Mentoring: A Constant State of Learning
In mid-2015, Lars van de Loo, CFA, jumped at the chance to participate in a newly formed mentoring program offered by CFA Society Netherlands. He had just returned from a four-month sabbatical from his job as a strategy analyst at a clearing bank in Amsterdam and wanted to consider his next career steps.
“I thought it would be interesting for me to reflect on my career and my challenges with someone outside of my company,” he says. “I wanted to get a different view from someone who had a different experience, [who lived] in different geographies. I was very enthusiastic.”
According to a recent CFA Institute Financial NewsBrief poll, about 65% of respondents have mentored fellow finance professionals. Van de Loo was one of a dozen mentors and mentees in the CFA Society Netherlands program (launched in 2015), and the experience gave him a boost of confidence. “My mentor challenged me on the fact that you cannot ever know everything and you shouldn’t strive to know everything,” he says. “This helped me become more assertive in my career.”
Eighteen more mentors and mentees were selectively matched this year, according to Joost Caljé, CFA, careers chair at CFA Society Netherlands.
It was Caljé, a director at Amsterdam financial services consultancy Lucas Pearce Consulting, who launched and oversaw the mentoring program. The program was created after a membership survey showed that local charterholders wanted greater recognition for the CFA charter and help boosting their careers.
“My intention was for the program to be lightly scripted,” Caljé says. “For instance, you can get mentored for any goal, not just professional goals. The only thing we asked was that people consider the time commitment. During nine months of mentoring, we recommended that every quarter, people should meet once, and every month people should touch base.”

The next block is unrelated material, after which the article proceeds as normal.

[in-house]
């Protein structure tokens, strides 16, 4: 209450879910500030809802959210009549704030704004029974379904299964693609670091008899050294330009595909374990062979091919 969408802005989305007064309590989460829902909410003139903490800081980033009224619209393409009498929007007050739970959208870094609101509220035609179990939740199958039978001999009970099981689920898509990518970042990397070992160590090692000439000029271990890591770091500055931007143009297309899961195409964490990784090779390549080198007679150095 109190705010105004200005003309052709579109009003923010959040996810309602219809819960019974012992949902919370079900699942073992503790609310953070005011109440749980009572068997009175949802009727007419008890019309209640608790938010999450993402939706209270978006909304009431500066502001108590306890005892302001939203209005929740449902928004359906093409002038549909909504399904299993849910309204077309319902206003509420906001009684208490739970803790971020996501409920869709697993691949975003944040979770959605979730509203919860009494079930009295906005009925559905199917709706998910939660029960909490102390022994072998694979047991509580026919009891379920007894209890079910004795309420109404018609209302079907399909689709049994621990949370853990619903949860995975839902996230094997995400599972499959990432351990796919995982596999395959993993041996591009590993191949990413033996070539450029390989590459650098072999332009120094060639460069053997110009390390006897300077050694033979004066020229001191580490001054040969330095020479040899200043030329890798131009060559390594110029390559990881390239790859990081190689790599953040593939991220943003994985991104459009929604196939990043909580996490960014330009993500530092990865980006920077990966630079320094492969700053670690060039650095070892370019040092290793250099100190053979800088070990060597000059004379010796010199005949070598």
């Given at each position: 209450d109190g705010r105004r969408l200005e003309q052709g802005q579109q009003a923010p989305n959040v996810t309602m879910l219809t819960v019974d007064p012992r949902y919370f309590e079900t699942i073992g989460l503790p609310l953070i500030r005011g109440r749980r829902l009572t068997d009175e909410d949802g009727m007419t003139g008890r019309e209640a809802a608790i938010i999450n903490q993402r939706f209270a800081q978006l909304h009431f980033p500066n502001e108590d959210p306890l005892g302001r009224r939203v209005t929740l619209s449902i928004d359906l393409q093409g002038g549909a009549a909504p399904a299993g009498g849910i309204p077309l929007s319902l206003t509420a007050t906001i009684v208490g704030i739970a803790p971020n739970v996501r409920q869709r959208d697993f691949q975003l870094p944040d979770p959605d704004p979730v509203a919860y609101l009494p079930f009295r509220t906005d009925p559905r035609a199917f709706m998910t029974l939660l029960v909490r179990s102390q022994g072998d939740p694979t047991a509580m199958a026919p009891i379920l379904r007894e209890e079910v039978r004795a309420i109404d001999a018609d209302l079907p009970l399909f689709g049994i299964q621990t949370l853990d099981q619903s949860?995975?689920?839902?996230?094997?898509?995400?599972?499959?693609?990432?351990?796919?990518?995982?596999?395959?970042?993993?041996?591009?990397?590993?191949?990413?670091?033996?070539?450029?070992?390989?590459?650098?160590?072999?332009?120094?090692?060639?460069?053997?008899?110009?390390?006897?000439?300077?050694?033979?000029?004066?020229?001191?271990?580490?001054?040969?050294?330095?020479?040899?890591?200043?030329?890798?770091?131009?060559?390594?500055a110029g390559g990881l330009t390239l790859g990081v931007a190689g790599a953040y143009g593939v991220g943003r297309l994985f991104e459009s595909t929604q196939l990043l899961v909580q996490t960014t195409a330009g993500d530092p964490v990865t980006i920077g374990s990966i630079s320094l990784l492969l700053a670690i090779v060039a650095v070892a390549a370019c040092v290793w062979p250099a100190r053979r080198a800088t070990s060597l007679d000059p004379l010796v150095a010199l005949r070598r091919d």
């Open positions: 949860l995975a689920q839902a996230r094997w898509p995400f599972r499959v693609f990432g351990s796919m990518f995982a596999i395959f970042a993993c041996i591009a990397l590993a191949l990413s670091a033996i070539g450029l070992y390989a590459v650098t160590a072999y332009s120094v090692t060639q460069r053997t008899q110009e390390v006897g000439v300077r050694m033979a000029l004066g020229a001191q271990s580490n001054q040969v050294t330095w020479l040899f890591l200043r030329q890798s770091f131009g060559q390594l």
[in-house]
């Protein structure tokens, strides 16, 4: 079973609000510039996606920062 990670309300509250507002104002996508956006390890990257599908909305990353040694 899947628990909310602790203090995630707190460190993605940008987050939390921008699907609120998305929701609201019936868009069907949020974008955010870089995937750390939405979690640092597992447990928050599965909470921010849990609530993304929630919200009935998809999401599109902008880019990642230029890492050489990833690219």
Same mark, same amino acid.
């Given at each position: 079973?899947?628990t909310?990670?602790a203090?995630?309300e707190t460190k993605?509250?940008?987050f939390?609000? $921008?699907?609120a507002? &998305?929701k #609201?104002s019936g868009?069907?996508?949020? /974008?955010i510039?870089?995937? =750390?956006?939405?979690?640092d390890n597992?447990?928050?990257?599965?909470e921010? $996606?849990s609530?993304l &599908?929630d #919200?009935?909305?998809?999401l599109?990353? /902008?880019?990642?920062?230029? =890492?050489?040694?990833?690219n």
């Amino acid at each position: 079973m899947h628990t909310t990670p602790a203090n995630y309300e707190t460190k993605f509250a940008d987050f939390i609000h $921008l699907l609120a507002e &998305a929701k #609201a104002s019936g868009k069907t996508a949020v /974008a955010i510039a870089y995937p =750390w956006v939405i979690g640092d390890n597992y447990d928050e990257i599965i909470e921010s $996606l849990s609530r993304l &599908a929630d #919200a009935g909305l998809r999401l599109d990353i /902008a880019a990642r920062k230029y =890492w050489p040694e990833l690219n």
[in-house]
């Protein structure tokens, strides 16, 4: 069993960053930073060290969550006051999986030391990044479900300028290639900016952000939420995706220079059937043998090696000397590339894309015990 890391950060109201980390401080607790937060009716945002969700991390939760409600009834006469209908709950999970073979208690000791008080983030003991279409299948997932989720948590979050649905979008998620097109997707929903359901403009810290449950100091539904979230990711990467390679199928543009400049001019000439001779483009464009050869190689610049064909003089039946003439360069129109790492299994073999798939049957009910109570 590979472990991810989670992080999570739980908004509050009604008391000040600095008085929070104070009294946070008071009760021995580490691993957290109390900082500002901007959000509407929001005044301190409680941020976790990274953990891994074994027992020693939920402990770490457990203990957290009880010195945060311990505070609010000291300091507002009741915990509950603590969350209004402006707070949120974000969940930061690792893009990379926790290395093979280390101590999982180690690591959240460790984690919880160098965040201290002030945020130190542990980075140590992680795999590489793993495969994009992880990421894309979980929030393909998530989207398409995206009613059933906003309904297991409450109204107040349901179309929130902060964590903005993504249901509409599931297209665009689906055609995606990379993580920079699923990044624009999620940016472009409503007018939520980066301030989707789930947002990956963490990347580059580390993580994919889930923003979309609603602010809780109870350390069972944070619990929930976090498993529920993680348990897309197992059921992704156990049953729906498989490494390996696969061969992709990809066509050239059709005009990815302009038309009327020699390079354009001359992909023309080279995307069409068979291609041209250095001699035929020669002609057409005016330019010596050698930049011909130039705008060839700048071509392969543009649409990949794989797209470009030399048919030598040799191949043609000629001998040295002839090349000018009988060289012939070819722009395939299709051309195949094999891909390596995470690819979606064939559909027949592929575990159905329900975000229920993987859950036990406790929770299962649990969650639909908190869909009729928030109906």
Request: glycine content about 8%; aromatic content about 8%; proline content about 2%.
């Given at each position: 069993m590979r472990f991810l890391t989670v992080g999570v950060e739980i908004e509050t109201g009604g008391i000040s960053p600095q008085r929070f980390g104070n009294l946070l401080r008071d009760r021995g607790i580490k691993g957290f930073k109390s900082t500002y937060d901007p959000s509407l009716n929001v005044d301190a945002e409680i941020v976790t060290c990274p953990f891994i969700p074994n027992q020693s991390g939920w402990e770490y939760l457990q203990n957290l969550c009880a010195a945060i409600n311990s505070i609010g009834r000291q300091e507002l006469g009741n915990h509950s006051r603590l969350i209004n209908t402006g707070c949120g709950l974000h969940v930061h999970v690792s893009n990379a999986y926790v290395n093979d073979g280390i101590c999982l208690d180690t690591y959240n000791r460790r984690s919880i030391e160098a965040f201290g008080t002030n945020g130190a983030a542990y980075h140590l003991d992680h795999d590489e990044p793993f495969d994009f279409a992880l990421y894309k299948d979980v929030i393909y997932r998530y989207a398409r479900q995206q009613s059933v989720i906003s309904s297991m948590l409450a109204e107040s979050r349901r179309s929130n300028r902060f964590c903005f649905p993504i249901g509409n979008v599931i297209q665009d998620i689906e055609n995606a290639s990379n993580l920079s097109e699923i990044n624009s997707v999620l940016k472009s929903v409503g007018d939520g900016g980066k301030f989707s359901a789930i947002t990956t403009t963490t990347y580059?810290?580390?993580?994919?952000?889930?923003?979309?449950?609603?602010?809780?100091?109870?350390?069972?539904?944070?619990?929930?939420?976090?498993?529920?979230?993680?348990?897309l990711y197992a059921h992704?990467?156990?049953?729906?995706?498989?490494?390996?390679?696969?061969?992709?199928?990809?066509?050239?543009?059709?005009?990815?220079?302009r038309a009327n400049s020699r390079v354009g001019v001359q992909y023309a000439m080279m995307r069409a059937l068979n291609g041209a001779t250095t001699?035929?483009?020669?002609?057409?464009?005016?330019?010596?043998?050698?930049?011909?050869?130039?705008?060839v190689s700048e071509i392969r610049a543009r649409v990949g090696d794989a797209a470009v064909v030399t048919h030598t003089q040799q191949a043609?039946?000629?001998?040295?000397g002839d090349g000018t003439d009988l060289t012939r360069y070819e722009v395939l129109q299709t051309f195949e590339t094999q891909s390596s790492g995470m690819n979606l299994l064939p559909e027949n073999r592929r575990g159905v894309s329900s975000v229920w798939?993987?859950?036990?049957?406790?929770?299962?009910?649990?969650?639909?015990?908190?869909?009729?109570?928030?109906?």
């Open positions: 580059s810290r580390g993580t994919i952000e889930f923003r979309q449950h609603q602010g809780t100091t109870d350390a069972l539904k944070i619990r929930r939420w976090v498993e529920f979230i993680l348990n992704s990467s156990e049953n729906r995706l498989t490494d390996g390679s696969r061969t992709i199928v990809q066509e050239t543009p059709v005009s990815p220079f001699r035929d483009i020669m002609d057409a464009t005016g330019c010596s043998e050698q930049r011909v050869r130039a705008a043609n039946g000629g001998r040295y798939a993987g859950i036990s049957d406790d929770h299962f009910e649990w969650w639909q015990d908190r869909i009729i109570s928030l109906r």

But are infrequent meetings enough for mentoring to be effective? And how do you know a mentor–mentee relationship will be effective and rewarding?
A Spirit of Learning
Chip Bell, author of Managers as Mentors: Building Partnerships for Learning, says learning should be the primary goal of a mentor–mentee relationship. Such an attitude helps companies and organizations be more competitive overall.
The problem, according to Bell, is that companies cannot afford to put their employees in training courses over and over again. But establishing a culture of mentoring within an organization can go a long way toward the same goal. “A mentoring program helps organizations stay in a constant state of learning, which is where they need to be if they want to be innovative,” he says.
At the same time, an organization won’t succeed in cultivating a learning culture if competition is fierce within the company and people are shamed for asking what might seem like dumb questions.
Bell says investment managers in particular must be careful how they come across to a mentee. “It’s great when you need an expert, but it can also lead to an arrogant style. This is just the opposite of what you need to be a good mentor. A good mentor has humility, openness, vulnerability, all those things. That authenticity and realness is essential to being a great mentor.”
Now a veteran of the finance industry, Bell recalls an early experience he had with a boss who was mentoring him when he worked at a large bank. Bell, when asked to hire someone, found a candidate who, though he had a fine Ivy League resume and was top of his class, had certain traits that were possibly incompatible with the existing team. Bell hired the candidate despite some reservations.
“When the new hire didn’t work out, my boss never once said, ‘I told you so.’ He simply said, ‘Let’s talk about what you learned.’ He took time to do a post-mortem on the decision I made,” says Bell. The boss succeeded in teaching a lesson without humiliating Bell.
Like Bell, Camille Preston, founder and CEO of AIM Leadership, based in Cambridge, MA, recommends that you begin mentoring relationships by considering what you can learn from the other person. “Everyone around you can teach you something,” she says. But you’ve also got to make it easy for your mentor to help you.